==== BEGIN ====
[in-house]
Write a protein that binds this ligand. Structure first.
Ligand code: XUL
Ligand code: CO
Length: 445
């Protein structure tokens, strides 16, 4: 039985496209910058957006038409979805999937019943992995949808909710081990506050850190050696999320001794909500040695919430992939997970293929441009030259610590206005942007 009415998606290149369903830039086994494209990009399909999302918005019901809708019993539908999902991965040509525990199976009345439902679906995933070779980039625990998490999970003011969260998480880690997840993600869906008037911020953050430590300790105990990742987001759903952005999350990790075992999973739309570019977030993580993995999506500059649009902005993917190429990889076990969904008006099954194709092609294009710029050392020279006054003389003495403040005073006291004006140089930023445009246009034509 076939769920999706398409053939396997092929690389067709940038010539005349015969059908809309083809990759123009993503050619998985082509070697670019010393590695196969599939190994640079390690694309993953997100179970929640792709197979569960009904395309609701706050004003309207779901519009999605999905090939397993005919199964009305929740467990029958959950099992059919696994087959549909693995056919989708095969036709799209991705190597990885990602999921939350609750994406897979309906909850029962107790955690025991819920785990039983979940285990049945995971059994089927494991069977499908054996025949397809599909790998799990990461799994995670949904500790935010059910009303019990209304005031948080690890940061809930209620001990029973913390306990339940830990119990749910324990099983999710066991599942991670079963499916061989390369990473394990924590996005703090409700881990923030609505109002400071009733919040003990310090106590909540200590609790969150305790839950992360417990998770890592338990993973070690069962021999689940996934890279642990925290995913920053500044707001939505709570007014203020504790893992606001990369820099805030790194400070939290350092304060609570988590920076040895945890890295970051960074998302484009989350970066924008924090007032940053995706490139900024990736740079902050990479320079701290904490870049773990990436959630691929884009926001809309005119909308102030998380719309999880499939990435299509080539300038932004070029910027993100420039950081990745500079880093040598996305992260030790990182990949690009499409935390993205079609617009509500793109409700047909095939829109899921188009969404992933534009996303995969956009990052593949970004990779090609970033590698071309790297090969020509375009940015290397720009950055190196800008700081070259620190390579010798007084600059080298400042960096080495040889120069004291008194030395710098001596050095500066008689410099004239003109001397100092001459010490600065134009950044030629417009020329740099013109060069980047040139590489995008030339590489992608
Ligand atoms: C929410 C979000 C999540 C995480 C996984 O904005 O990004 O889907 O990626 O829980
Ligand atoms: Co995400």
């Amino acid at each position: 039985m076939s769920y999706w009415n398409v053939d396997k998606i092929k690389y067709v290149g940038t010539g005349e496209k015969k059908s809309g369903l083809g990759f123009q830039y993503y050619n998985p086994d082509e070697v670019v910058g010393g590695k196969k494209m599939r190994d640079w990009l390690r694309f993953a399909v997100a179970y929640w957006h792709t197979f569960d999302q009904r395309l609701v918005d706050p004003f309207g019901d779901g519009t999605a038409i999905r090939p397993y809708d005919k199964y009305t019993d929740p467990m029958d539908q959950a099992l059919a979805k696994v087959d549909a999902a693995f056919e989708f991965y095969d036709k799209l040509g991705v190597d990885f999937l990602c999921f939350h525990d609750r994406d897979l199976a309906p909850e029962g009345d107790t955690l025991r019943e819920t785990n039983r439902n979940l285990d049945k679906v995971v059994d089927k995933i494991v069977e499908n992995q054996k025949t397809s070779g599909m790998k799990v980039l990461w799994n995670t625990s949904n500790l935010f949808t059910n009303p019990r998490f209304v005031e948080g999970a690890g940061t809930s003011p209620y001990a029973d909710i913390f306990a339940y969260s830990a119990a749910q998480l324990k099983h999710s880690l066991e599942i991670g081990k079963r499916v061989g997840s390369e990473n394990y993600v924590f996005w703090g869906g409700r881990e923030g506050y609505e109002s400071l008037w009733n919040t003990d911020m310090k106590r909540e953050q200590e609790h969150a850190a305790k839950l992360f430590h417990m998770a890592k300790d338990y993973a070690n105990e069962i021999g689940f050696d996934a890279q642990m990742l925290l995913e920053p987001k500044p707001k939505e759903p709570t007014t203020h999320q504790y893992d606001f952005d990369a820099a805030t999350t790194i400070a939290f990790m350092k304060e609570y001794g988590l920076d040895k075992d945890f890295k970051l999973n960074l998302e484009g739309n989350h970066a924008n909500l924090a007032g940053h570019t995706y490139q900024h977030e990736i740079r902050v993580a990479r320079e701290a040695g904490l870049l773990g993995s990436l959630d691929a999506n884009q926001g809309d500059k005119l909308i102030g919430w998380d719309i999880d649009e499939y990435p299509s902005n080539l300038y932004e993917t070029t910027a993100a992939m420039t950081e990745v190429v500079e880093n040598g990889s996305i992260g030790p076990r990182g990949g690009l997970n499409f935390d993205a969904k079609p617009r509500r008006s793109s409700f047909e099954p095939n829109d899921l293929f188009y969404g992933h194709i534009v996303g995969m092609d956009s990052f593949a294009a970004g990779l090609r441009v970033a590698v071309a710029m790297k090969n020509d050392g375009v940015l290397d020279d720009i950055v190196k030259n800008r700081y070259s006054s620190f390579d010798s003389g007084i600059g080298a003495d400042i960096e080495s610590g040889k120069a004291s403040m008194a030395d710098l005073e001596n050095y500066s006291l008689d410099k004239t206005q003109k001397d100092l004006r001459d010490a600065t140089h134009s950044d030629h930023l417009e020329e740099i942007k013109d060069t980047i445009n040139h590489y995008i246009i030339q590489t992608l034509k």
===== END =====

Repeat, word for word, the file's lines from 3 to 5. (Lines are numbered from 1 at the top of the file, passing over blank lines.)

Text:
Ligand code: XUL
Ligand code: CO
Length: 445